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LAHORE: With 14-hour loadshedding reducing the wheat grinding, millers fear drying up of the pipeline within the next one week or so which in turn will make flour more expensive.

The millers claimed on Friday that major brands, which hold overwhelming share of the market, had already cut their supplies to half due to long and gruelling absence of power. The government may not be feeling the impact right now because it normally takes 10 to 15 days for the pipeline to dry up.

“But the cut in supplies has already started impacting the market and people may slowly feel it,” said Asim Raza of the Pakistan Flour Mills Association (PFMA). In view of the situation, the association is demanding exemption from, or at least reduction in, loadshedding for flour mills in Punjab. “People are not feeling the impact so far for two reasons: these are normally low-consumption months and it takes a while for the pipeline to dry up. Low consumption time in a sense that abundant wheat supplies are available in the market and rural areas are not heavily dependent on city grinding. But it does not mean that cities’ supplies have not started to dry up. Secondly, sufficient pre-Ramazan flour is still making up for the fresh loss suffered by the millers because of loadshedding. But the impact is already there and it would only worsen in the next week or so. The mills are facing 14-hour power suspension – four-hour normal loadshedding during the day and 10-hour outages at night due to Ramazan schedule and it has turned the grinding schedule, especially of major brands, upside down,” he explained and demanded that the government reduce loadshedding for the flour mills to ensure its uninterrupted supply.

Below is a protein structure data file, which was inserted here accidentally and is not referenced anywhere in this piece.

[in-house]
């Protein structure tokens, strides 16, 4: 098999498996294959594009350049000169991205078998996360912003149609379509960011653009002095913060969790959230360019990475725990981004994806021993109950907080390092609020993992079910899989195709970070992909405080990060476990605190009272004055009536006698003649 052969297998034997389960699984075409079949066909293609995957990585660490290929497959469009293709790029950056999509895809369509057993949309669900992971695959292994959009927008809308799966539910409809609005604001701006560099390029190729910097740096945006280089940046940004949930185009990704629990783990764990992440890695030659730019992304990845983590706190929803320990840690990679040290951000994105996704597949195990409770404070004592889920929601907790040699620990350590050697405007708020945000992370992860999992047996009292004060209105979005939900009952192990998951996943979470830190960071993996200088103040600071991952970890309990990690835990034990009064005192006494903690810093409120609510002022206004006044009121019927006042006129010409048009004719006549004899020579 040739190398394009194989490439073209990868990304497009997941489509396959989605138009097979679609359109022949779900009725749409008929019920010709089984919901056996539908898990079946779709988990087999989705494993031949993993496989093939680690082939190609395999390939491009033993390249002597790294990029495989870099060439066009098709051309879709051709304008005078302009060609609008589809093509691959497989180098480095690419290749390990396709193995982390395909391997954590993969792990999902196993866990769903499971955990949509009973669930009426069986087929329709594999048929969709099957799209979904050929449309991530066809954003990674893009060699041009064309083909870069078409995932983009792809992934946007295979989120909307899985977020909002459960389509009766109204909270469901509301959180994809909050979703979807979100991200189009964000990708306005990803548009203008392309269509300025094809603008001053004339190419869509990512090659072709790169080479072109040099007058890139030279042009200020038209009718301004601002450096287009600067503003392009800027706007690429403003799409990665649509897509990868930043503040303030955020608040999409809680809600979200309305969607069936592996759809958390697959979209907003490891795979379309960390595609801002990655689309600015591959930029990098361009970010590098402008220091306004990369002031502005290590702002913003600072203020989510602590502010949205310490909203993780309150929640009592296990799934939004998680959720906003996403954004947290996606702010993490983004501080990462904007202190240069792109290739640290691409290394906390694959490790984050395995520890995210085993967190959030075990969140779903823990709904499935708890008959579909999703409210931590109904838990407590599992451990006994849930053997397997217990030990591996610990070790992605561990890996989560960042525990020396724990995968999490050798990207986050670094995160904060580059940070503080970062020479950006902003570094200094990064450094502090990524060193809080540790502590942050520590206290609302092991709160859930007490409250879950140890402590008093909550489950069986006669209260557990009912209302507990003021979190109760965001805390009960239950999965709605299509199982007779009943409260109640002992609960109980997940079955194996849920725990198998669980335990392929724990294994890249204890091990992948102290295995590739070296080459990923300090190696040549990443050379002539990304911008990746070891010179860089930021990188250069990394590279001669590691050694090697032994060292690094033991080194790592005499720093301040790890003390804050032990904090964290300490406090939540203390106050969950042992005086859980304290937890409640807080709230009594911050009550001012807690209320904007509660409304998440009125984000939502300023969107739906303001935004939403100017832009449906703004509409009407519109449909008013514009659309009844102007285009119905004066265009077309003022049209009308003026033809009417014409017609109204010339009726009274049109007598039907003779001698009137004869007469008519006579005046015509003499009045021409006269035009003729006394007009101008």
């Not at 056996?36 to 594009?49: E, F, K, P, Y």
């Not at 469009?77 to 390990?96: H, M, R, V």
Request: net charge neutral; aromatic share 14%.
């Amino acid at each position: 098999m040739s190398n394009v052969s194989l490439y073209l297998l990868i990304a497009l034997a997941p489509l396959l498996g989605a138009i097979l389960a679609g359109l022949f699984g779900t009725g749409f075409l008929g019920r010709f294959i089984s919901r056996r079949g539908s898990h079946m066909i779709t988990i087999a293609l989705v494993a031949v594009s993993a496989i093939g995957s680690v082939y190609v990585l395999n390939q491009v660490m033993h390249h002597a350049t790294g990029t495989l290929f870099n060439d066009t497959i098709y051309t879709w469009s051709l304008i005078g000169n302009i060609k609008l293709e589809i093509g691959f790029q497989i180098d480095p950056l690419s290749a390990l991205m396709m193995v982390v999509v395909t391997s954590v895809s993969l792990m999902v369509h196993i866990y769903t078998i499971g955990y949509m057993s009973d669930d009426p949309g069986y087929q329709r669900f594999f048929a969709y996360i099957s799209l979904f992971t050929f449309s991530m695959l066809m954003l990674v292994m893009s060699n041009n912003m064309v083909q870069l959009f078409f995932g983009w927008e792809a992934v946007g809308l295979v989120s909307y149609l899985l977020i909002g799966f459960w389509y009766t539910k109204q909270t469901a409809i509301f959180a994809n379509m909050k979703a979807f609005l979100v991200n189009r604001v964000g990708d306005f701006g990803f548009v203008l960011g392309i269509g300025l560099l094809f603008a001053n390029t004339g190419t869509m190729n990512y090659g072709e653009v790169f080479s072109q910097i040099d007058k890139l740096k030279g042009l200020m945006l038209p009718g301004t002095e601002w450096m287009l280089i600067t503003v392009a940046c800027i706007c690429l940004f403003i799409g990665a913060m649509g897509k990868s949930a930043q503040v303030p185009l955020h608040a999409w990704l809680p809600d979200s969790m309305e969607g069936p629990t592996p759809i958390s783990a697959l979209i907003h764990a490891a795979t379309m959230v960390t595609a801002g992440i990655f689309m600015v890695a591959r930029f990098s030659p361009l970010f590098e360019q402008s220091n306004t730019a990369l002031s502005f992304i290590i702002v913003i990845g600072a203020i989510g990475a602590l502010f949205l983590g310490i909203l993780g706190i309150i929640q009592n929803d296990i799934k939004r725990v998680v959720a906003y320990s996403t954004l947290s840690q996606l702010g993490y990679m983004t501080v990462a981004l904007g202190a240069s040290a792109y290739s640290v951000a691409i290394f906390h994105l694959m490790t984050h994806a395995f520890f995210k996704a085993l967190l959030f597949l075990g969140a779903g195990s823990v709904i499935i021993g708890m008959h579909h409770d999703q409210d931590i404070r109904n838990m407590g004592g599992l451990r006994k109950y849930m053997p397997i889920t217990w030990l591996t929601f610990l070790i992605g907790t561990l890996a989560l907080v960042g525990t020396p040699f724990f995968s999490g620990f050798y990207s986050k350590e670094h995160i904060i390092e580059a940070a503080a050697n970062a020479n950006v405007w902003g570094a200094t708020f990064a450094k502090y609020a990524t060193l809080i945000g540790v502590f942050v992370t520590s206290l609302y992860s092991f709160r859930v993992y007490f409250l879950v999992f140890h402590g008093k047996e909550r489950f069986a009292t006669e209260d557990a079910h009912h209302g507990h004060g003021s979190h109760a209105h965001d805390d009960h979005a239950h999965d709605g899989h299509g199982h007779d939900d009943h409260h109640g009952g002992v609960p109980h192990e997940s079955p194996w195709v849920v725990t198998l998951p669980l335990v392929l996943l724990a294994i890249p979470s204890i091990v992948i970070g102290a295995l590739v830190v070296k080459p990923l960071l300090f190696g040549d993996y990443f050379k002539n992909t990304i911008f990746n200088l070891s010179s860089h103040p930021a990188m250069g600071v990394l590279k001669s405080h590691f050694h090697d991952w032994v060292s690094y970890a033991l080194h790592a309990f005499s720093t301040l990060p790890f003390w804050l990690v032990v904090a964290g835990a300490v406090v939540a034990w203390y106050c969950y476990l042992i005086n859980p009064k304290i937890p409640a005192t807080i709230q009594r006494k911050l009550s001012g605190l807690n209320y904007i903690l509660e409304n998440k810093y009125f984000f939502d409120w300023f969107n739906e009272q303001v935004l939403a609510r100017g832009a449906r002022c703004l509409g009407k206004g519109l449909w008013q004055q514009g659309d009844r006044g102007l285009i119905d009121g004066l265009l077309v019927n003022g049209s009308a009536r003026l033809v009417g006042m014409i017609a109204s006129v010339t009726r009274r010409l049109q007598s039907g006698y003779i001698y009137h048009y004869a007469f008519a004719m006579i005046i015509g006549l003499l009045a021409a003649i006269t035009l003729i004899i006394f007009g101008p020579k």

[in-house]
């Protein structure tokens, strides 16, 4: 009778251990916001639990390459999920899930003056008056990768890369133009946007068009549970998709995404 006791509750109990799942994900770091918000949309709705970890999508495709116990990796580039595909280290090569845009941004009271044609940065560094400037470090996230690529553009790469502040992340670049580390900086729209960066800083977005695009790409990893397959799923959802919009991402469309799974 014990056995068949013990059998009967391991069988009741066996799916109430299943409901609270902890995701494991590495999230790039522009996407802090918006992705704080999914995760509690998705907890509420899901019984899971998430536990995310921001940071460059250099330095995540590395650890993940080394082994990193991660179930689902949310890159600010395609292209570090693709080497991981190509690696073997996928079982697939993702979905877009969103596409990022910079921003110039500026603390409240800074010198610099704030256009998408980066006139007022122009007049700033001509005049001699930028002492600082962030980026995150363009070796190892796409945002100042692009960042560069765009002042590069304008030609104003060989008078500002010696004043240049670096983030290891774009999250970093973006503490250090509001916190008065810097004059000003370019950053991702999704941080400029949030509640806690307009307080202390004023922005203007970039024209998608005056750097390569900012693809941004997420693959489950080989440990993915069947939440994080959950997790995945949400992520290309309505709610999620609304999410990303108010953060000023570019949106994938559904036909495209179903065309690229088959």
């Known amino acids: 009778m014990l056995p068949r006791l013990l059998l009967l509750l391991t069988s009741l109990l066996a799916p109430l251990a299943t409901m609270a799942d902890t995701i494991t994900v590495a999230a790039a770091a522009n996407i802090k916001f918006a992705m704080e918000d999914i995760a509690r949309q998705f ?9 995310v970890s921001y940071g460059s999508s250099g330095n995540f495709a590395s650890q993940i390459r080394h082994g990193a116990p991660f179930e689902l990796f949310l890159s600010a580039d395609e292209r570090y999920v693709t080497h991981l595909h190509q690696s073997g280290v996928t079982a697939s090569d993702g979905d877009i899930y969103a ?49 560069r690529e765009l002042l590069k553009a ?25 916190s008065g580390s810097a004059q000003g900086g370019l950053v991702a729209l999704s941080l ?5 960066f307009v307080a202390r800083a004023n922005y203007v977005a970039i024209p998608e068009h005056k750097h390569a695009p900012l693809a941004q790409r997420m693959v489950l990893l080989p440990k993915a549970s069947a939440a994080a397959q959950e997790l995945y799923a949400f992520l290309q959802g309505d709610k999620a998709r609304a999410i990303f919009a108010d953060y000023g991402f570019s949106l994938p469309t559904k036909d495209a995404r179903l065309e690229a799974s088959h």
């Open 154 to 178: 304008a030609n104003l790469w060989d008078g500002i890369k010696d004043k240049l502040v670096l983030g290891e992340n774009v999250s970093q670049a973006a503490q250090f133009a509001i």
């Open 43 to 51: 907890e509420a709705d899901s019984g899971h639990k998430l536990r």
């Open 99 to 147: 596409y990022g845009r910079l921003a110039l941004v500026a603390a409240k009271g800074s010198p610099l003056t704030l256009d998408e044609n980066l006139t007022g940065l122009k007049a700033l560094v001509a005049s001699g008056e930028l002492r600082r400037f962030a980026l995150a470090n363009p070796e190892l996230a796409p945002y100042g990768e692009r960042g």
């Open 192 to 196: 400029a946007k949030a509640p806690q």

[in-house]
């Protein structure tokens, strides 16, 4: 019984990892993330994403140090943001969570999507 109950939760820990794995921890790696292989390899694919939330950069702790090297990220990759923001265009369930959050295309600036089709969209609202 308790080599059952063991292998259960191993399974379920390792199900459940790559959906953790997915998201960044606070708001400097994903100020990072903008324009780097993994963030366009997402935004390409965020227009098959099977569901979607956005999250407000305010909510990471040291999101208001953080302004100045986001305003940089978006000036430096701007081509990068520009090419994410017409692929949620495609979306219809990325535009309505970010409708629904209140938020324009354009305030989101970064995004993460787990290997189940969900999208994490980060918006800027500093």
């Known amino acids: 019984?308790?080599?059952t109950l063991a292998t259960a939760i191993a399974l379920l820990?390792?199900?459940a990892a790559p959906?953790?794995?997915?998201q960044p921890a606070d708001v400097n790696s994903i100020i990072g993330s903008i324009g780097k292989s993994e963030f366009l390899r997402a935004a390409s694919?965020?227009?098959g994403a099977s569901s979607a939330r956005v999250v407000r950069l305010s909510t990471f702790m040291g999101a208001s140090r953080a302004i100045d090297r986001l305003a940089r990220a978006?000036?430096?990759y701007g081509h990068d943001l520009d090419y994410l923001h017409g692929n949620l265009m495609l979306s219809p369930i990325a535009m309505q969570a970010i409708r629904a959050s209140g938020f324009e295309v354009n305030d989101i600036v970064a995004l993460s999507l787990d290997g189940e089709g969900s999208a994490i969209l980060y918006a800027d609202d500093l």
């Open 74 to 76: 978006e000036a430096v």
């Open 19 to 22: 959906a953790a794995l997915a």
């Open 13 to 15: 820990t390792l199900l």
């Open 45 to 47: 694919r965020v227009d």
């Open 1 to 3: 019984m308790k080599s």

“If it takes 15 days for the pipeline to dry up, it takes many days to retrieve the situation,” said Majid Abdullah, one of the holders of a major flour brand. “That precisely is our worry. These mills need 24-hour operation to keep market flowing. We, along with some other major brands, have cut our supplies to half because of power issues. It could make second half of the holy month difficult with flour shortage which could also make it more expensive. The major brands don’t participate in Ramazan package (grinding of low-priced official wheat) because their own consumer base is big enough to keep them busy 24 hours a day.

“With massive loadshedding, that consumer base now runs the risk of short supplies and paying extra amount. It worries everyone, the millers included. That is why now the millers want exemption from, or reduction in, loadshedding so that flour supplies to the market remain normal. Otherwise, continued disruption could make 20 fasting days more problematic,” he warned.

Published in Dawn, June 11th, 2016